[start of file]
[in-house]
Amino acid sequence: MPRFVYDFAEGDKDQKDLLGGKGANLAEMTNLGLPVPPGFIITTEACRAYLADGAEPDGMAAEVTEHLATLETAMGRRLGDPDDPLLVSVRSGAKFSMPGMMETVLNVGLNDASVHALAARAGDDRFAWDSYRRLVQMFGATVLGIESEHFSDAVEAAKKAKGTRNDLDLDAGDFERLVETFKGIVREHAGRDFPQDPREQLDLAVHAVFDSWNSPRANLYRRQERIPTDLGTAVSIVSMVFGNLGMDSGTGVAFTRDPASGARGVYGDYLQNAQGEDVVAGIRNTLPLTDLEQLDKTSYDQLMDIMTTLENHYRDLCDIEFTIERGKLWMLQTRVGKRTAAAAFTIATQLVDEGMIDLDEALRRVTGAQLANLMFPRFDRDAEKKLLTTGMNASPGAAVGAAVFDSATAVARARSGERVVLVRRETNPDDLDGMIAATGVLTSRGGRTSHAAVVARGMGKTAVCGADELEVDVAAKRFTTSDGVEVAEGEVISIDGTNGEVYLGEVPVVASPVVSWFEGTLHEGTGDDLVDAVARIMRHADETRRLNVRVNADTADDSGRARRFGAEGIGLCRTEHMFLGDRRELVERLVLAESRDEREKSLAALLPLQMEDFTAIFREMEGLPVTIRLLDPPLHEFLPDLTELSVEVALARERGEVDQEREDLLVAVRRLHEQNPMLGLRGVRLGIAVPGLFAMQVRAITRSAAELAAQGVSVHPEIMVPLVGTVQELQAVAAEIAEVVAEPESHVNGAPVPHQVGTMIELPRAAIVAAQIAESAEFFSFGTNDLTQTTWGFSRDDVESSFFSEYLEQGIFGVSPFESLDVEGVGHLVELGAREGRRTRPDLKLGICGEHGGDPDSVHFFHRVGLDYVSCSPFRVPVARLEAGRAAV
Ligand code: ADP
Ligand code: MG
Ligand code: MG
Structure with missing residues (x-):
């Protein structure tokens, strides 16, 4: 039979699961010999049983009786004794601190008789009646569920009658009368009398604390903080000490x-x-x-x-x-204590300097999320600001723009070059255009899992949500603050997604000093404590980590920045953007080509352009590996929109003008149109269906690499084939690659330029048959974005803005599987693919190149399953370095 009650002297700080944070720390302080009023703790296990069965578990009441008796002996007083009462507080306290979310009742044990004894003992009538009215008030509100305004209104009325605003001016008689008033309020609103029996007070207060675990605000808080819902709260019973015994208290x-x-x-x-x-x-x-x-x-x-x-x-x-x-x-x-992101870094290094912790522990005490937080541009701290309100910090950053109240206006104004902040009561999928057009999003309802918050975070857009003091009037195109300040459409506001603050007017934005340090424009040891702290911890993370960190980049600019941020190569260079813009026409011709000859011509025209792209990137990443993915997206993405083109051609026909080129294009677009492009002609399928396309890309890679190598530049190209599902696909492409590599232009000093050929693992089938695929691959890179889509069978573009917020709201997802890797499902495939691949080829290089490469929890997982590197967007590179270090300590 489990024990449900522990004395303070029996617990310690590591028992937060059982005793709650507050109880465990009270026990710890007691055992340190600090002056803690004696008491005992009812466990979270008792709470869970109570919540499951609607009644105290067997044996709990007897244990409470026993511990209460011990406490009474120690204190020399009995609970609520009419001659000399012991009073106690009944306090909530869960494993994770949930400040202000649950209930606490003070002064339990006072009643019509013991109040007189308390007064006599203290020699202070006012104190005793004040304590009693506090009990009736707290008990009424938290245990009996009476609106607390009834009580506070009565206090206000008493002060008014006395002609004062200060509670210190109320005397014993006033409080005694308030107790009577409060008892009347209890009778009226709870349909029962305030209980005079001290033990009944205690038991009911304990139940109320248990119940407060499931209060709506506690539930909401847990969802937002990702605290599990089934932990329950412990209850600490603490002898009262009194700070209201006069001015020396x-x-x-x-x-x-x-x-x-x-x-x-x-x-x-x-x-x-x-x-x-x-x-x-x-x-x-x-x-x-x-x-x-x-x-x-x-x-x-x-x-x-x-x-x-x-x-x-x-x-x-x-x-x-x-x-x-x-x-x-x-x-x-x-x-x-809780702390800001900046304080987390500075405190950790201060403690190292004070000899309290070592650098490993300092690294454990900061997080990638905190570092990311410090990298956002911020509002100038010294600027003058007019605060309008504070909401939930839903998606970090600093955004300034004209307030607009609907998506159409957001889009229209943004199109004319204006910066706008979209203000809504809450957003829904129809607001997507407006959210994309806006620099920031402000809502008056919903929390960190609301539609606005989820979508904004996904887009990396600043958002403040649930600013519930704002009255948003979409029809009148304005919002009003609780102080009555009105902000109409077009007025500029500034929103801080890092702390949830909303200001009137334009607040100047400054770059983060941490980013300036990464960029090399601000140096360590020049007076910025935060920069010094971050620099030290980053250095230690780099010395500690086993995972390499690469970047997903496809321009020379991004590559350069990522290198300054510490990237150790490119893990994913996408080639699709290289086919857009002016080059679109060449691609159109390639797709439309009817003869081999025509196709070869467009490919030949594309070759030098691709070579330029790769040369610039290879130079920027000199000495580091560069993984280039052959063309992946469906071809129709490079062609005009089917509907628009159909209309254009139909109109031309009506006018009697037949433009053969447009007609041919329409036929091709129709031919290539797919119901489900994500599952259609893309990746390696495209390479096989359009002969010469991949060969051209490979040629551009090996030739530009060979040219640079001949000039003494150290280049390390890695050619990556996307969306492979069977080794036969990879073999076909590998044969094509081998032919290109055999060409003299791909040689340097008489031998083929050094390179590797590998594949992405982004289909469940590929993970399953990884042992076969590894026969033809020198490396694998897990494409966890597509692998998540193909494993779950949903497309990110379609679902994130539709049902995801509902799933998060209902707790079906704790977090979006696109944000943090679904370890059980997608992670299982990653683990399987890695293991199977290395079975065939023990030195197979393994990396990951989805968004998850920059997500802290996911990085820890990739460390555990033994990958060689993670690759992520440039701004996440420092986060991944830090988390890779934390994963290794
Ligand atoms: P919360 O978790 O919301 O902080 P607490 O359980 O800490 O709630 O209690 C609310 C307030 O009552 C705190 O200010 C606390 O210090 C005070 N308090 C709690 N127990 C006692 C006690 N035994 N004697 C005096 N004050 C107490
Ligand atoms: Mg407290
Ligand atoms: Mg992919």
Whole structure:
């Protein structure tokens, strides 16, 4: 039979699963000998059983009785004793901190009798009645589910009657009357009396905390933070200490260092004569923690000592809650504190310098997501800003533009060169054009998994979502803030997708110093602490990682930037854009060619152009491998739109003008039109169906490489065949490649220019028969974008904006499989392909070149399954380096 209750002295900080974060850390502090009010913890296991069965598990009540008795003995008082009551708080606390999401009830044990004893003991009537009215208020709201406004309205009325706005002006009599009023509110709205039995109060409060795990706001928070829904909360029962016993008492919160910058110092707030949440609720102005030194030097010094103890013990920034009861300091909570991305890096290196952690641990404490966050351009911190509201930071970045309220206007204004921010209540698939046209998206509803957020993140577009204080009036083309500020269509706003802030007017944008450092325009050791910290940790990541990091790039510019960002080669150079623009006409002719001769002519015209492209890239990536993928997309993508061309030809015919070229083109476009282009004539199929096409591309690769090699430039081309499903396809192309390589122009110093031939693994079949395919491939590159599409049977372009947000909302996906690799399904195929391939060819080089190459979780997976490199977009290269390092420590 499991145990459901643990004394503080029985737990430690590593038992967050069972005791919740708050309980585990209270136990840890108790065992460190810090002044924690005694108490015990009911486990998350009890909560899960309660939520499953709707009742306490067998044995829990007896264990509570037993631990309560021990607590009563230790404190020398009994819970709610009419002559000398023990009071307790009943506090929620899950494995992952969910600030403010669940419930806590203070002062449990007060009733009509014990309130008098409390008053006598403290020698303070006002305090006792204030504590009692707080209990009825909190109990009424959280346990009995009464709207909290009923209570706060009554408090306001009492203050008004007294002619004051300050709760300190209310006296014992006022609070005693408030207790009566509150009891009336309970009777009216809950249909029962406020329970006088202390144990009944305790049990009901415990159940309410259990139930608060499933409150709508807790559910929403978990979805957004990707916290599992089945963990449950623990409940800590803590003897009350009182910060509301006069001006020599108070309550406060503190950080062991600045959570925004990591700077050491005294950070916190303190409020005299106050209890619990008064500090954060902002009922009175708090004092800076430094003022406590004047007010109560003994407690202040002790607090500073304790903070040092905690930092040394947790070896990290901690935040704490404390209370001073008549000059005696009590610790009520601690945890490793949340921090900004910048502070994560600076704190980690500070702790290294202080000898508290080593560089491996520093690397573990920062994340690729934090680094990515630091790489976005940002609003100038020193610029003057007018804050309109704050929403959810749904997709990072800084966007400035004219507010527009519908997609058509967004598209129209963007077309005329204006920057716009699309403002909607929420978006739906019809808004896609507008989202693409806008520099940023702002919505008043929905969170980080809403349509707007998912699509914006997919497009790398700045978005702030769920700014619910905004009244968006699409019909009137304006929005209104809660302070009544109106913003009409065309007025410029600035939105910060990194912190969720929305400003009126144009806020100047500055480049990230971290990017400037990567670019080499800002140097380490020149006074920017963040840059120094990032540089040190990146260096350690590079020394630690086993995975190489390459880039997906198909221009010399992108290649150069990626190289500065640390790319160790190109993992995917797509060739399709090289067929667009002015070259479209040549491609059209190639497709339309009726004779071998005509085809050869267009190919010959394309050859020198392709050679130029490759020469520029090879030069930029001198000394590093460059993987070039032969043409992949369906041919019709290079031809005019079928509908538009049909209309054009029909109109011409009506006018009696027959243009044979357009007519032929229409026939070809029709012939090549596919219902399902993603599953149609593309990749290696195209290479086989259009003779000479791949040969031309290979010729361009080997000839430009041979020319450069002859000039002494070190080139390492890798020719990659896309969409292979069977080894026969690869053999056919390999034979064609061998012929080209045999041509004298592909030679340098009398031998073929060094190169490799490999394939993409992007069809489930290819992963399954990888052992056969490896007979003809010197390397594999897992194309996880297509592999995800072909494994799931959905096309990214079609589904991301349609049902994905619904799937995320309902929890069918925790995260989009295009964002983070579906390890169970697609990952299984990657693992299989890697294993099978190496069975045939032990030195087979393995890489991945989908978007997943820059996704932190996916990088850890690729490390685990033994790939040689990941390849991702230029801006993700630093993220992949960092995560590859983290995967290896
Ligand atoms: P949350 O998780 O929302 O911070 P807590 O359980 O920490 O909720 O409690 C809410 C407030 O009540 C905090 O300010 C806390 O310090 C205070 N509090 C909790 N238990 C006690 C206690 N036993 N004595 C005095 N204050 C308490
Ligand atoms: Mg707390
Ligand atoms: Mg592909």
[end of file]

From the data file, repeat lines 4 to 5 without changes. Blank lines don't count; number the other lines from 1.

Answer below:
Ligand code: MG
Ligand code: MG